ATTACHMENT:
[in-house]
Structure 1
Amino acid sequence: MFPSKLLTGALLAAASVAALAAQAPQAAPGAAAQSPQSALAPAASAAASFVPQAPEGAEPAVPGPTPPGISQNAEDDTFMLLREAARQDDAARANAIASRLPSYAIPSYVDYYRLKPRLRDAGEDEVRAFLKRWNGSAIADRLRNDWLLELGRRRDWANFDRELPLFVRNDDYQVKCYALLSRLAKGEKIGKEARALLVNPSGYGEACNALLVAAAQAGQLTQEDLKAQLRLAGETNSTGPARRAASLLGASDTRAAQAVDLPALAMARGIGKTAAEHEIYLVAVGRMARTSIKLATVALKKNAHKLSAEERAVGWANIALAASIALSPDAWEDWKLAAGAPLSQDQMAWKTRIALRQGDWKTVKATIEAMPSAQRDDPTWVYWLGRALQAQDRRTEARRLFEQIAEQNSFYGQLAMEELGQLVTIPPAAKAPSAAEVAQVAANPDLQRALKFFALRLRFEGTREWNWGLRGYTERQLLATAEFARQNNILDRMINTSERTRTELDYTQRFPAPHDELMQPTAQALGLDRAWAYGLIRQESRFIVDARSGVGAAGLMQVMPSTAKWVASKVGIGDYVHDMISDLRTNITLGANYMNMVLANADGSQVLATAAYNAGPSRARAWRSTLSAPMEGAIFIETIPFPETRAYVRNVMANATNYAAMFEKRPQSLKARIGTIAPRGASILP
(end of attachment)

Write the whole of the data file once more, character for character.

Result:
[in-house]
Structure 1
Amino acid sequence: MFPSKLLTGALLAAASVAALAAQAPQAAPGAAAQSPQSALAPAASAAASFVPQAPEGAEPAVPGPTPPGISQNAEDDTFMLLREAARQDDAARANAIASRLPSYAIPSYVDYYRLKPRLRDAGEDEVRAFLKRWNGSAIADRLRNDWLLELGRRRDWANFDRELPLFVRNDDYQVKCYALLSRLAKGEKIGKEARALLVNPSGYGEACNALLVAAAQAGQLTQEDLKAQLRLAGETNSTGPARRAASLLGASDTRAAQAVDLPALAMARGIGKTAAEHEIYLVAVGRMARTSIKLATVALKKNAHKLSAEERAVGWANIALAASIALSPDAWEDWKLAAGAPLSQDQMAWKTRIALRQGDWKTVKATIEAMPSAQRDDPTWVYWLGRALQAQDRRTEARRLFEQIAEQNSFYGQLAMEELGQLVTIPPAAKAPSAAEVAQVAANPDLQRALKFFALRLRFEGTREWNWGLRGYTERQLLATAEFARQNNILDRMINTSERTRTELDYTQRFPAPHDELMQPTAQALGLDRAWAYGLIRQESRFIVDARSGVGAAGLMQVMPSTAKWVASKVGIGDYVHDMISDLRTNITLGANYMNMVLANADGSQVLATAAYNAGPSRARAWRSTLSAPMEGAIFIETIPFPETRAYVRNVMANATNYAAMFEKRPQSLKARIGTIAPRGASILP